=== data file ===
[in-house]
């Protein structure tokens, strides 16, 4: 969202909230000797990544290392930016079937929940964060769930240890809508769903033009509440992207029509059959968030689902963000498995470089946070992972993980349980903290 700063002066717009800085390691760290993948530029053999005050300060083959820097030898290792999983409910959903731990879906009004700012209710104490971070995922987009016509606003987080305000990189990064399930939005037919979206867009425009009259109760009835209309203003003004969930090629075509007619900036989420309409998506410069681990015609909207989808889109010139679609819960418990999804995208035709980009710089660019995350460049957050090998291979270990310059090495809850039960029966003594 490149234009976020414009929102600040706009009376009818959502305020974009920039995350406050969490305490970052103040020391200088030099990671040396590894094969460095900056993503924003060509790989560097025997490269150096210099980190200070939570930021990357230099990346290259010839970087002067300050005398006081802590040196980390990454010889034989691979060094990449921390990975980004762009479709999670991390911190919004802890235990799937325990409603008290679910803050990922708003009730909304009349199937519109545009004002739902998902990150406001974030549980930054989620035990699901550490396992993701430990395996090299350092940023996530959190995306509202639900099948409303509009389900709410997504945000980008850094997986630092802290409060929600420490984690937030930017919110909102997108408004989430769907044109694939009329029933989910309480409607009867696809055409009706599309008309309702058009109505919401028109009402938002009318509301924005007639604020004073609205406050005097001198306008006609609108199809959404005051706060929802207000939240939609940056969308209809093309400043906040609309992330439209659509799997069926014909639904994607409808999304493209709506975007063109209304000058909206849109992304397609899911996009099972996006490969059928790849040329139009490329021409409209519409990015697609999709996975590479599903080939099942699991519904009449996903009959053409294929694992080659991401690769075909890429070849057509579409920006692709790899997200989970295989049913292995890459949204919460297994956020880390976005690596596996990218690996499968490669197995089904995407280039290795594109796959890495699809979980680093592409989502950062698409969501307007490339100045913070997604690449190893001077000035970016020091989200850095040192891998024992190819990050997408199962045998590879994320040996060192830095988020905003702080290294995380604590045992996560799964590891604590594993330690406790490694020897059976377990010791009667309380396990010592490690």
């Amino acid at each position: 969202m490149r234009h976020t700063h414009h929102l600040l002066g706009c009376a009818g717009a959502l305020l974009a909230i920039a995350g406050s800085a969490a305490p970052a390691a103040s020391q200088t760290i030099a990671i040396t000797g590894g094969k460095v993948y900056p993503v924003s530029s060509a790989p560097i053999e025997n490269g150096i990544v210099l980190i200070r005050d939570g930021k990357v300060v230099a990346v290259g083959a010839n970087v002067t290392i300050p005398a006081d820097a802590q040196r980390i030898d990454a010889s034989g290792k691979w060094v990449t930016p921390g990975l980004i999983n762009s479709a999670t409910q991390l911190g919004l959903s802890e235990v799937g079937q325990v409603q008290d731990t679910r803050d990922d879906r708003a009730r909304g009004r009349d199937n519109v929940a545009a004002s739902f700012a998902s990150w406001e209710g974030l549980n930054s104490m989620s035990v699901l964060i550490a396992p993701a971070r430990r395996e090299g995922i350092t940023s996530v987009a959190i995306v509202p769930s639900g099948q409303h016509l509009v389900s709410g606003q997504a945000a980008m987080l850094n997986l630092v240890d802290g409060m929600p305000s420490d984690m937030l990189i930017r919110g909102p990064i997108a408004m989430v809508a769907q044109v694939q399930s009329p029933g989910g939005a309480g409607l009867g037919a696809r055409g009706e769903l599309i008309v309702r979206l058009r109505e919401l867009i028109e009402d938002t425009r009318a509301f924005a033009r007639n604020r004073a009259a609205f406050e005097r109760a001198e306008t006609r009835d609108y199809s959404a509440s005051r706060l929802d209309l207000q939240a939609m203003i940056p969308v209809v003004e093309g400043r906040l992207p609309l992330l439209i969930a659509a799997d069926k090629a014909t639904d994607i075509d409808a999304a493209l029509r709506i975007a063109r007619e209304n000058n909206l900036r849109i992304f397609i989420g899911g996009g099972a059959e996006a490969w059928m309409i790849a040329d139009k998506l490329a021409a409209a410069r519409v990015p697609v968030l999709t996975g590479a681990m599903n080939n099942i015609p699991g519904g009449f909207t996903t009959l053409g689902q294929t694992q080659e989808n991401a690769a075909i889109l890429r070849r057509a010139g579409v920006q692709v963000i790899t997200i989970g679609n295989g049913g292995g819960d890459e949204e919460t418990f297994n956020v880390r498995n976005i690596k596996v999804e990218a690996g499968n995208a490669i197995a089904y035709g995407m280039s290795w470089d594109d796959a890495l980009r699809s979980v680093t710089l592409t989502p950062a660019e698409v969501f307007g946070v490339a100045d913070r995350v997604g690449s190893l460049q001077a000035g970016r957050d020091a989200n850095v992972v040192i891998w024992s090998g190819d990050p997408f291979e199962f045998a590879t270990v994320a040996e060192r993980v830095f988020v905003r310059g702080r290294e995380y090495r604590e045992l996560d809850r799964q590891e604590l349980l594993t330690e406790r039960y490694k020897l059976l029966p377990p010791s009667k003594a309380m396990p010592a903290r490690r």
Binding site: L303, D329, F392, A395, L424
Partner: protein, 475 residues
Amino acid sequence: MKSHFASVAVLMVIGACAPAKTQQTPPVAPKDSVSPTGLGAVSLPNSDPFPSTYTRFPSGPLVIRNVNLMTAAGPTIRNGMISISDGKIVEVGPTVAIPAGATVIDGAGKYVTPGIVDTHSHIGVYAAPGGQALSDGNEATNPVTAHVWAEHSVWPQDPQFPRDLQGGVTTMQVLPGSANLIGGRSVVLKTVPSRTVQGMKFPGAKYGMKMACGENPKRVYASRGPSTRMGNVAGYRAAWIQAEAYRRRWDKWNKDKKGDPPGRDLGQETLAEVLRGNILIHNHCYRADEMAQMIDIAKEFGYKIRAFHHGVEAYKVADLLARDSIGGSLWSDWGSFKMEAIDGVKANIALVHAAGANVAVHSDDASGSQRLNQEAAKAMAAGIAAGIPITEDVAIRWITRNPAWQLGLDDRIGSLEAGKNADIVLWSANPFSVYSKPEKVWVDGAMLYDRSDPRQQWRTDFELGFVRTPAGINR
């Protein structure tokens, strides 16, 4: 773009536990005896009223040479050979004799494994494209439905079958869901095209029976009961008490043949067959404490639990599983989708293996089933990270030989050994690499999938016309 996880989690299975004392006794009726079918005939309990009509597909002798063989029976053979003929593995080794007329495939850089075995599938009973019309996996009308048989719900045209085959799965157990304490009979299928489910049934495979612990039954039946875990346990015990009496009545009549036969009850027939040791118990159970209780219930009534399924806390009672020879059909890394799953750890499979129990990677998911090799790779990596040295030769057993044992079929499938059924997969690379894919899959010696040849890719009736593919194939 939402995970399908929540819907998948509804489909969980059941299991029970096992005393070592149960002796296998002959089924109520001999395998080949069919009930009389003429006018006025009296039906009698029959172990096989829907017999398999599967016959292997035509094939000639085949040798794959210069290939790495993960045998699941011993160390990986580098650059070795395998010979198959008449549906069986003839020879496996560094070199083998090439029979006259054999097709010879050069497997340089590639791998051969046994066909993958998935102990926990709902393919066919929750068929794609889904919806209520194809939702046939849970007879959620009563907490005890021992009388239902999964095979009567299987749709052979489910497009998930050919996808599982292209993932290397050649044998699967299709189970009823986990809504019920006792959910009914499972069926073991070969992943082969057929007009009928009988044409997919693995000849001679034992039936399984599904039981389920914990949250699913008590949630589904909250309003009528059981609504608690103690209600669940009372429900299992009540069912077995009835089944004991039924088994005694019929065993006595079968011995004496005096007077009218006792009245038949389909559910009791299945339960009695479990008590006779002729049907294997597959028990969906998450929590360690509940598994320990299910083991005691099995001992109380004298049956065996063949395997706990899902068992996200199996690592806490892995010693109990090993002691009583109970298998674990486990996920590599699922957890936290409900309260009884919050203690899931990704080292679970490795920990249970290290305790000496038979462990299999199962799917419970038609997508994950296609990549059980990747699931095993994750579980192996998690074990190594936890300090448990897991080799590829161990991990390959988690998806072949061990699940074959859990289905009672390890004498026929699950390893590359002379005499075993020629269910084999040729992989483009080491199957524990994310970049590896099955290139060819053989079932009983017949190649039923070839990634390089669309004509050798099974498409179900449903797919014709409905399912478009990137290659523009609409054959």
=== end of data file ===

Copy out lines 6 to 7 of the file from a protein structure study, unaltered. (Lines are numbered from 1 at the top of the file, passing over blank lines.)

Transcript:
Amino acid sequence: MKSHFASVAVLMVIGACAPAKTQQTPPVAPKDSVSPTGLGAVSLPNSDPFPSTYTRFPSGPLVIRNVNLMTAAGPTIRNGMISISDGKIVEVGPTVAIPAGATVIDGAGKYVTPGIVDTHSHIGVYAAPGGQALSDGNEATNPVTAHVWAEHSVWPQDPQFPRDLQGGVTTMQVLPGSANLIGGRSVVLKTVPSRTVQGMKFPGAKYGMKMACGENPKRVYASRGPSTRMGNVAGYRAAWIQAEAYRRRWDKWNKDKKGDPPGRDLGQETLAEVLRGNILIHNHCYRADEMAQMIDIAKEFGYKIRAFHHGVEAYKVADLLARDSIGGSLWSDWGSFKMEAIDGVKANIALVHAAGANVAVHSDDASGSQRLNQEAAKAMAAGIAAGIPITEDVAIRWITRNPAWQLGLDDRIGSLEAGKNADIVLWSANPFSVYSKPEKVWVDGAMLYDRSDPRQQWRTDFELGFVRTPAGINR
């Protein structure tokens, strides 16, 4: 773009536990005896009223040479050979004799494994494209439905079958869901095209029976009961008490043949067959404490639990599983989708293996089933990270030989050994690499999938016309 996880989690299975004392006794009726079918005939309990009509597909002798063989029976053979003929593995080794007329495939850089075995599938009973019309996996009308048989719900045209085959799965157990304490009979299928489910049934495979612990039954039946875990346990015990009496009545009549036969009850027939040791118990159970209780219930009534399924806390009672020879059909890394799953750890499979129990990677998911090799790779990596040295030769057993044992079929499938059924997969690379894919899959010696040849890719009736593919194939 939402995970399908929540819907998948509804489909969980059941299991029970096992005393070592149960002796296998002959089924109520001999395998080949069919009930009389003429006018006025009296039906009698029959172990096989829907017999398999599967016959292997035509094939000639085949040798794959210069290939790495993960045998699941011993160390990986580098650059070795395998010979198959008449549906069986003839020879496996560094070199083998090439029979006259054999097709010879050069497997340089590639791998051969046994066909993958998935102990926990709902393919066919929750068929794609889904919806209520194809939702046939849970007879959620009563907490005890021992009388239902999964095979009567299987749709052979489910497009998930050919996808599982292209993932290397050649044998699967299709189970009823986990809504019920006792959910009914499972069926073991070969992943082969057929007009009928009988044409997919693995000849001679034992039936399984599904039981389920914990949250699913008590949630589904909250309003009528059981609504608690103690209600669940009372429900299992009540069912077995009835089944004991039924088994005694019929065993006595079968011995004496005096007077009218006792009245038949389909559910009791299945339960009695479990008590006779002729049907294997597959028990969906998450929590360690509940598994320990299910083991005691099995001992109380004298049956065996063949395997706990899902068992996200199996690592806490892995010693109990090993002691009583109970298998674990486990996920590599699922957890936290409900309260009884919050203690899931990704080292679970490795920990249970290290305790000496038979462990299999199962799917419970038609997508994950296609990549059980990747699931095993994750579980192996998690074990190594936890300090448990897991080799590829161990991990390959988690998806072949061990699940074959859990289905009672390890004498026929699950390893590359002379005499075993020629269910084999040729992989483009080491199957524990994310970049590896099955290139060819053989079932009983017949190649039923070839990634390089669309004509050798099974498409179900449903797919014709409905399912478009990137290659523009609409054959």